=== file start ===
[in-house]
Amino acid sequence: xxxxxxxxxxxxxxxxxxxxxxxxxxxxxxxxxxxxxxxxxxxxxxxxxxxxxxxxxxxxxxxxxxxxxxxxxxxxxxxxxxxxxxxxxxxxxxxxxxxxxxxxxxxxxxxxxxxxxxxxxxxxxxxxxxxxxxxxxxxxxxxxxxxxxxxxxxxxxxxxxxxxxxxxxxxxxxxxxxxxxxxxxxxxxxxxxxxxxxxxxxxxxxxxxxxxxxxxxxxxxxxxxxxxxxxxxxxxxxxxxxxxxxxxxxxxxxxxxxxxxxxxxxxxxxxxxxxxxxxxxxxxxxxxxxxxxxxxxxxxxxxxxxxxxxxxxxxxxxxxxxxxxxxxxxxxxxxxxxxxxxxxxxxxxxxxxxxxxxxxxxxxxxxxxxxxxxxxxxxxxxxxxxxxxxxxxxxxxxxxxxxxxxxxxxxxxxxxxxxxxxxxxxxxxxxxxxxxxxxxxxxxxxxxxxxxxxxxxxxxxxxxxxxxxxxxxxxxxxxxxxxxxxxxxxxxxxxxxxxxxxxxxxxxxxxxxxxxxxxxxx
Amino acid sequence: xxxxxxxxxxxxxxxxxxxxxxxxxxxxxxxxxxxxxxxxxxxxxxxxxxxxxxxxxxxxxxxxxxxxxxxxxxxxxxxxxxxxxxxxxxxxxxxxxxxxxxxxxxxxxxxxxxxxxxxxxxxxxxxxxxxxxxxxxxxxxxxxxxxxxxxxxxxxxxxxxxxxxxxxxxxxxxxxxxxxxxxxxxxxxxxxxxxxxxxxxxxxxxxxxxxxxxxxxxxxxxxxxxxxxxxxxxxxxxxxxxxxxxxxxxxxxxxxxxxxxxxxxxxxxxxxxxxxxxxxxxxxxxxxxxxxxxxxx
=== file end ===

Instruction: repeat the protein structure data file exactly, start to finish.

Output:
[in-house]
Amino acid sequence: xxxxxxxxxxxxxxxxxxxxxxxxxxxxxxxxxxxxxxxxxxxxxxxxxxxxxxxxxxxxxxxxxxxxxxxxxxxxxxxxxxxxxxxxxxxxxxxxxxxxxxxxxxxxxxxxxxxxxxxxxxxxxxxxxxxxxxxxxxxxxxxxxxxxxxxxxxxxxxxxxxxxxxxxxxxxxxxxxxxxxxxxxxxxxxxxxxxxxxxxxxxxxxxxxxxxxxxxxxxxxxxxxxxxxxxxxxxxxxxxxxxxxxxxxxxxxxxxxxxxxxxxxxxxxxxxxxxxxxxxxxxxxxxxxxxxxxxxxxxxxxxxxxxxxxxxxxxxxxxxxxxxxxxxxxxxxxxxxxxxxxxxxxxxxxxxxxxxxxxxxxxxxxxxxxxxxxxxxxxxxxxxxxxxxxxxxxxxxxxxxxxxxxxxxxxxxxxxxxxxxxxxxxxxxxxxxxxxxxxxxxxxxxxxxxxxxxxxxxxxxxxxxxxxxxxxxxxxxxxxxxxxxxxxxxxxxxxxxxxxxxxxxxxxxxxxxxxxxxxxxx
Amino acid sequence: xxxxxxxxxxxxxxxxxxxxxxxxxxxxxxxxxxxxxxxxxxxxxxxxxxxxxxxxxxxxxxxxxxxxxxxxxxxxxxxxxxxxxxxxxxxxxxxxxxxxxxxxxxxxxxxxxxxxxxxxxxxxxxxxxxxxxxxxxxxxxxxxxxxxxxxxxxxxxxxxxxxxxxxxxxxxxxxxxxxxxxxxxxxxxxxxxxxxxxxxxxxxxxxxxxxxxxxxxxxxxxxxxxxxxxxxxxxxxxxxxxxxxxxxxxxxxxxxxxxxxxxxxxxxxxxxxxxxxxxxxxxxxxxxxxxxxxxxx